Many people move—to a new house, new city, new relationship, new job, you name it—hoping to get away from stress and unhappiness. But more often than not, after some time, they find themselves still feeling stressed and unhappy. Why? According to Swami Rama, “Wherever you go, you will carry your mind with you.”
Much, or maybe most of our stress and unhappiness comes from our mind rather than from externals. The great Greek Philosopher Epictetus said, “Men are disturbed, not by things, but by the principles and notions which they form concerning things.” These principles and notions are from the mind. So long as we interpret the world as in some way unfavorable to us, we suffer. Changing how we think is part of finding greater happiness and calm.
One of the greatest adepts, teachers, writers, and humanitarians of the 20th century, Swami Rama (1925-1996) is the founder of the Himalayan Institute. Born in Northern India, he was raised from early childhood by the Himalayan sage, Bengali Baba. Under the guidance of his master, he traveled from monastery to monastery and studied with a variety of Himalayan saints and sages, including his grandmaster who was living in a remote region of Tibet. In addition to this intense spiritual training, Swami Rama received higher education in both India and Europe. From 1949 to 1952, he held the prestigious position of Shankaracharya of Karvirpitham in South India. Thereafter, he returned to his master to receive further training at his cave monastery, and finally in 1969, came to the United States where he founded the Himalayan Institute. His best known work, Living With the Himalayan Masters, reveals the many facets of this singular adept and demonstrates his embodiment of the living tradition of the East.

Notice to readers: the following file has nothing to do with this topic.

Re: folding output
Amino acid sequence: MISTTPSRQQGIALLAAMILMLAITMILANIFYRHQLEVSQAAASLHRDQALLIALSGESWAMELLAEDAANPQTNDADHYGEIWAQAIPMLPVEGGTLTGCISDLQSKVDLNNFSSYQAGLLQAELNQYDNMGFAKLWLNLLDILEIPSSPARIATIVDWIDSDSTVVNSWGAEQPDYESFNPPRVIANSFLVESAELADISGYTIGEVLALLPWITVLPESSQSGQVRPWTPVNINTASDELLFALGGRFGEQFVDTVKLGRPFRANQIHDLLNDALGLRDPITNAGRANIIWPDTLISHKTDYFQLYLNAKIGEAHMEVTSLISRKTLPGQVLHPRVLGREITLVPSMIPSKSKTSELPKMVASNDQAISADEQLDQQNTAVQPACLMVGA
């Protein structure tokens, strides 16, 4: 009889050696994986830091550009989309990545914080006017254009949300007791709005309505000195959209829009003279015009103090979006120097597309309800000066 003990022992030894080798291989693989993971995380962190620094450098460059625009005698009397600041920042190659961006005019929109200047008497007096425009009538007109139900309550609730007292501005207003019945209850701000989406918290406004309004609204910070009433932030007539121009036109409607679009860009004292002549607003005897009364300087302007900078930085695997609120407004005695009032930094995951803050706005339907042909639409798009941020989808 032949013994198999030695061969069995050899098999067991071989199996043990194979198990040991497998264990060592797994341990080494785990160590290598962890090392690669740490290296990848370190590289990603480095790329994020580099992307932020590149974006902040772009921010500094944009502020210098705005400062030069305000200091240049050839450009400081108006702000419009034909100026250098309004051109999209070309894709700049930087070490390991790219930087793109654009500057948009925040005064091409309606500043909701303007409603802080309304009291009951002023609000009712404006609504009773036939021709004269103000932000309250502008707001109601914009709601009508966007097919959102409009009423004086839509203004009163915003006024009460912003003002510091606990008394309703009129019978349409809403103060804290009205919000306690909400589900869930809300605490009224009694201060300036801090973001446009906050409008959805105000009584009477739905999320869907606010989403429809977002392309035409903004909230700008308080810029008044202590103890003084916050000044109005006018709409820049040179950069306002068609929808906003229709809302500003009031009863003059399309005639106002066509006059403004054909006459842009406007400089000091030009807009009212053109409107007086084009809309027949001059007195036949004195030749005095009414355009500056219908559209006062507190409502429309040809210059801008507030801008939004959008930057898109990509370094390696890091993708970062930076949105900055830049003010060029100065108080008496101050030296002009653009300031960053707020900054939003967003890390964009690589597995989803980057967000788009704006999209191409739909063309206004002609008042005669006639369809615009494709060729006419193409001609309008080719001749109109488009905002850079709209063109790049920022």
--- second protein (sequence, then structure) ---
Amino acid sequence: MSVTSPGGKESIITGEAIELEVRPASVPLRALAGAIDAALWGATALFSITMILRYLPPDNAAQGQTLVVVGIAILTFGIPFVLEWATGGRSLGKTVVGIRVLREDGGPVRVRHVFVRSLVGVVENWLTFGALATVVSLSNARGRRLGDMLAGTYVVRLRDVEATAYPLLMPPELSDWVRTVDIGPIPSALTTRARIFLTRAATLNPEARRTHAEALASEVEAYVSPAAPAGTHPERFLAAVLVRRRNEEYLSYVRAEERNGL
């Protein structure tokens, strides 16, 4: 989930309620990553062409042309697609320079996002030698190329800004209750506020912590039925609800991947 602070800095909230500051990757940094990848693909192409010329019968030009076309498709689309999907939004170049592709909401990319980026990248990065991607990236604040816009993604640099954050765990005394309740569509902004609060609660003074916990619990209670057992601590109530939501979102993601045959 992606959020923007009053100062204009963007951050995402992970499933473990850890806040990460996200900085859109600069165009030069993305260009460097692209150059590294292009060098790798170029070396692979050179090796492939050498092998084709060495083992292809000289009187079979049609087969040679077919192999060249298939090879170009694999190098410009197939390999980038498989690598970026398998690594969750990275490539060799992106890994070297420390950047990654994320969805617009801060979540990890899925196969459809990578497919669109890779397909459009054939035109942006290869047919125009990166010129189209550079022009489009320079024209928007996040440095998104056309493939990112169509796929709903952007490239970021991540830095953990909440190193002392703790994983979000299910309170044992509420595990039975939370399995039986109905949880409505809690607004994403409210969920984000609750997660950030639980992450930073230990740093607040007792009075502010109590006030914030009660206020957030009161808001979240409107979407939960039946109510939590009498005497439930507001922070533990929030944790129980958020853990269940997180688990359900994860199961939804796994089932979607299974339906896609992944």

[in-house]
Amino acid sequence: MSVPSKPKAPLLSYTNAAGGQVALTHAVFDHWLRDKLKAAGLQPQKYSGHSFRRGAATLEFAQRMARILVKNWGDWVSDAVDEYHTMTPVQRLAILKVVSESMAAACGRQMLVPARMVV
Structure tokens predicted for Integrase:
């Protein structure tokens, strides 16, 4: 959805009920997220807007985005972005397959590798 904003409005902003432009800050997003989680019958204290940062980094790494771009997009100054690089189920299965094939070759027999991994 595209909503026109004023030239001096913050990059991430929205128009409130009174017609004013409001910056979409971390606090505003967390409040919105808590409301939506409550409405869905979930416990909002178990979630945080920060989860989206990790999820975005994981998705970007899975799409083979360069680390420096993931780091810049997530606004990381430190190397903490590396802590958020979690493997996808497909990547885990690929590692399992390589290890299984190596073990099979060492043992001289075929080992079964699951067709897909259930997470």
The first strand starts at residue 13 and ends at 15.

"Human life has two aspects: internal and external. One helps the human being to relate to others, and the other helps him to know himself on all levels. The yamas, or restraints, are a way of practicing the art of living in the external world. If these five observances are practiced in daily life, the flower of humanity will bloom and there will be happiness everywhere.
Ahimsa means non-injuring, non-hurting, and non-killing. Normally, students think of violence in only physical terms, and civilized people refrain from gross acts of violence because of legal and social pressures. But ahimsa refers to non-violence in thought, action, and speech. All actions and speech are directed by the mind. Therefore, violence in speech or action is always preceded by violent thoughts. This has serious repercussions on the mental life and also reflections on the body.
Practicing ahimsa shows one how to avoid these consciously and to be aware of the fact that violence is injurious to the mind and body, as well as to those towards whom one expresses violence. The practice of ahimsa leads one towards the service of others, for its careful cultivation leads to a spontaneous and all-encompassing love. Ahimsa is a very practical way of expressing one’s love toward others. By not injuring, harming, hurting, and killing, one is learning to practice to love others, and loving others is the highest of all worships.”
- Swami Rama in Choosing a Path pages 120-121